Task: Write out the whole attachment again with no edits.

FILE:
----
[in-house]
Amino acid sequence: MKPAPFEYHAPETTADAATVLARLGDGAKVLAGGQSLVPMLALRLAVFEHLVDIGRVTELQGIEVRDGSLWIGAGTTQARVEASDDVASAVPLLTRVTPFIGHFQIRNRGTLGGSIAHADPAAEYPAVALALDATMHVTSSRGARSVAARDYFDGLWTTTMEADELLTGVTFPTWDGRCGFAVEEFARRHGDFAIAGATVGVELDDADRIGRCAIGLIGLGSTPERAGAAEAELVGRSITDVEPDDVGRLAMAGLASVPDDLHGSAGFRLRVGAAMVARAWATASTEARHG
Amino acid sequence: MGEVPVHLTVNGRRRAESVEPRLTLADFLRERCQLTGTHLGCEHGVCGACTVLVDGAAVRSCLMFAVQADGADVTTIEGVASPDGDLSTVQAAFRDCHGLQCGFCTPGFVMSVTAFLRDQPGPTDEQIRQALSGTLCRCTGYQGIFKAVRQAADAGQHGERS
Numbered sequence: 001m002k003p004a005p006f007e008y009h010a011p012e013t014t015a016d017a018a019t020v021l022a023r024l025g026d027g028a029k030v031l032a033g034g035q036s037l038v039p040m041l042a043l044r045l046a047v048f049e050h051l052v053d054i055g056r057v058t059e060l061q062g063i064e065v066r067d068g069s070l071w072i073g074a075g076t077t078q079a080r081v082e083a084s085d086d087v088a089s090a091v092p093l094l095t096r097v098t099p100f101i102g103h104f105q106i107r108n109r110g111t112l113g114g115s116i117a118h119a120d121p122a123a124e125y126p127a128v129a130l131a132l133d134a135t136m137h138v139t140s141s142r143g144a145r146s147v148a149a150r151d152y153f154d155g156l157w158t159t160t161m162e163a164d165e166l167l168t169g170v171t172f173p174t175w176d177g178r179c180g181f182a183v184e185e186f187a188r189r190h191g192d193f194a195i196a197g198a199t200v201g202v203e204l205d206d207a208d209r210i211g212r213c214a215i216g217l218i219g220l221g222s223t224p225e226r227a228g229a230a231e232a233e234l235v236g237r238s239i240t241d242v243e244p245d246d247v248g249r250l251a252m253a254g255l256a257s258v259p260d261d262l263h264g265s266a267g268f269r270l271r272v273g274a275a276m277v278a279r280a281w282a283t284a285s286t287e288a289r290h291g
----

[in-house]
Amino acid sequence: MKPAPFEYHAPETTADAATVLARLGDGAKVLAGGQSLVPMLALRLAVFEHLVDIGRVTELQGIEVRDGSLWIGAGTTQARVEASDDVASAVPLLTRVTPFIGHFQIRNRGTLGGSIAHADPAAEYPAVALALDATMHVTSSRGARSVAARDYFDGLWTTTMEADELLTGVTFPTWDGRCGFAVEEFARRHGDFAIAGATVGVELDDADRIGRCAIGLIGLGSTPERAGAAEAELVGRSITDVEPDDVGRLAMAGLASVPDDLHGSAGFRLRVGAAMVARAWATASTEARHG
Amino acid sequence: MGEVPVHLTVNGRRRAESVEPRLTLADFLRERCQLTGTHLGCEHGVCGACTVLVDGAAVRSCLMFAVQADGADVTTIEGVASPDGDLSTVQAAFRDCHGLQCGFCTPGFVMSVTAFLRDQPGPTDEQIRQALSGTLCRCTGYQGIFKAVRQAADAGQHGERS
Numbered sequence: 001m002k003p004a005p006f007e008y009h010a011p012e013t014t015a016d017a018a019t020v021l022a023r024l025g026d027g028a029k030v031l032a033g034g035q036s037l038v039p040m041l042a043l044r045l046a047v048f049e050h051l052v053d054i055g056r057v058t059e060l061q062g063i064e065v066r067d068g069s070l071w072i073g074a075g076t077t078q079a080r081v082e083a084s085d086d087v088a089s090a091v092p093l094l095t096r097v098t099p100f101i102g103h104f105q106i107r108n109r110g111t112l113g114g115s116i117a118h119a120d121p122a123a124e125y126p127a128v129a130l131a132l133d134a135t136m137h138v139t140s141s142r143g144a145r146s147v148a149a150r151d152y153f154d155g156l157w158t159t160t161m162e163a164d165e166l167l168t169g170v171t172f173p174t175w176d177g178r179c180g181f182a183v184e185e186f187a188r189r190h191g192d193f194a195i196a197g198a199t200v201g202v203e204l205d206d207a208d209r210i211g212r213c214a215i216g217l218i219g220l221g222s223t224p225e226r227a228g229a230a231e232a233e234l235v236g237r238s239i240t241d242v243e244p245d246d247v248g249r250l251a252m253a254g255l256a257s258v259p260d261d262l263h264g265s266a267g268f269r270l271r272v273g274a275a276m277v278a279r280a281w282a283t284a285s286t287e288a289r290h291g